Changes to how IQNs are registered must balance fairness with safety – Nursing Council

May 4, 2022

For some time, the Nursing Council has been considering how to improve the way we assess and register internationally qualified nurses (IQNs), to ensure that our processes are robust and fair.

In doing this we are conscious of the need to meet several goals. We need to ensure that our processes are fair and not overly burdensome for applicants. We also need to be confident that our processes accurately evaluate the competence of applicants to practise in the Aotearoa New Zealand context. And finally, in keeping with the council’s statutory purpose, our processes must attest to a sufficient standard of practice that will protect the health and safety of the public.

Advertisement
Advance your nursing career at ara.ac.nz

Before we describe our proposals, we would like to first acknowledge and thank you, the nursing professionals, for your continued work during these unprecedented and challenging times, as you provide safe, high-quality care to all of us in Aotearoa New Zealand.

What are we proposing?

We are proposing a move away from an input-based approach (see Table 1 below) to assessment, and towards directly assessing competence to practise. This is also known as an outcomes-based approach and aligns with international trends in nursing regulation. We are also proposing some changes to the English language standard to ensure this is fair, appropriate for nursing, and doesn’t raise unnecessary barriers for applicants.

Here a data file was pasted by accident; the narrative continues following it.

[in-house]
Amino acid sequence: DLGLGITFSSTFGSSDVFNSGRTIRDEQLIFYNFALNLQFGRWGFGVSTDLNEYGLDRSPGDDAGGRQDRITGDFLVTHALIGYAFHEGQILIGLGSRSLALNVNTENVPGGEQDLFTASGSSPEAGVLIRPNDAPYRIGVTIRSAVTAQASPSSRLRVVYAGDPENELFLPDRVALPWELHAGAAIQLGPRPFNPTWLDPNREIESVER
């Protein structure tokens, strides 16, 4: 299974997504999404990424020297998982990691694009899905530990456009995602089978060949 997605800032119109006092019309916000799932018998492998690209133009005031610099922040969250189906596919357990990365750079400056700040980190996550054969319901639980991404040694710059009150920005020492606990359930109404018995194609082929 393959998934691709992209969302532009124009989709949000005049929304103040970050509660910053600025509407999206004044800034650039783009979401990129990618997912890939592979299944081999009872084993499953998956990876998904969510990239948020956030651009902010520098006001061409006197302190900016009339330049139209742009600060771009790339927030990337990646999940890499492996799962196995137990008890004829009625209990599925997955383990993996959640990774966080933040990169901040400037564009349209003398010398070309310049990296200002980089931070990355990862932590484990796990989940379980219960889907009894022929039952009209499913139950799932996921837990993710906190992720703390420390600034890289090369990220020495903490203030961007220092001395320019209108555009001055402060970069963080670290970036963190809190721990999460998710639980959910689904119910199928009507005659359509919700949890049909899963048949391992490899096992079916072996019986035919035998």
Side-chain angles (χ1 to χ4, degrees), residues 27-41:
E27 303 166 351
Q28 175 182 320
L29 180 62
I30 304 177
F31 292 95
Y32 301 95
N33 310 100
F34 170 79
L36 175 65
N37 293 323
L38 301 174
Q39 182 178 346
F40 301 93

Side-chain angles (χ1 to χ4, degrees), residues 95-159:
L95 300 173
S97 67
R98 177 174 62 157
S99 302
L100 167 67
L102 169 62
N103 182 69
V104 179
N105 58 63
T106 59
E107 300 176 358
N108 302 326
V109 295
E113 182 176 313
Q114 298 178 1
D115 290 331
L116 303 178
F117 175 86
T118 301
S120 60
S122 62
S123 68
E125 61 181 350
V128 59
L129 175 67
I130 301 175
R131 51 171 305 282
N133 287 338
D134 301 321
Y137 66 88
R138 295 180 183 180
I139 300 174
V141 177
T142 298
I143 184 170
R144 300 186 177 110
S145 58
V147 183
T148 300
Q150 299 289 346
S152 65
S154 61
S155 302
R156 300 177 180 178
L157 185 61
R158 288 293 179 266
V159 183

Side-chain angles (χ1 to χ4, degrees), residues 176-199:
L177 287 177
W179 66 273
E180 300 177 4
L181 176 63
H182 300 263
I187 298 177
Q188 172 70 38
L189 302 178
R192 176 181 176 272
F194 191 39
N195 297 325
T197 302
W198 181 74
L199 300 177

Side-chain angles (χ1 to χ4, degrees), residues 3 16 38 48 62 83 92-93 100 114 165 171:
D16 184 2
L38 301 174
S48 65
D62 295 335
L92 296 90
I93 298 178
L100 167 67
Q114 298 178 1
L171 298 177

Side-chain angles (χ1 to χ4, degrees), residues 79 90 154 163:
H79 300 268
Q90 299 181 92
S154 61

Examples of input-based measures Examples of outcomes-based measures
  • Qualification/nursing degree
  • Years in practice/post-registration experience
  • Test of minimum knowledge required for safe practice
  • Assessment of baseline skills needed to practise safely

Table 1: Examples of input and output-based measures of competence

Alongside this shift, we want our processes to focus on what it means to practise nursing safely in Aotearoa New Zealand’s unique context. This means all nurses, including IQNs, require an understanding of how to apply Te Tiriti o Waitangi to nursing practice, including practising nursing in a way that honours kawa whakaruruhau1. It also means that professional expectations and “how we do things”, such as independent and collaborative practice, are understood by IQNs who may be used to working in different contexts.

The detail of what we are proposing, including a technical background document that outlines the rationale for specific proposed changes, can be found on the Nursing Council website.

Why? And why now?

We are aware that we are consulting on this issue at a time when the nursing profession and our health system are both under significant stress, with existing pressures being exacerbated by COVID-19.

The changes we are proposing have been considered for a while now. Extensive research, observation of trends in international practice, and evidence about good regulatory practices have been collated over time and have ultimately come together to form our current proposals. The critical and valued role that IQNs have in our workforce gives this work particular relevance. While we paused this work in recognition of the disrupted nursing environment, we believe it is now important for us to proceed with consultation.

Te Tiriti o Waitangi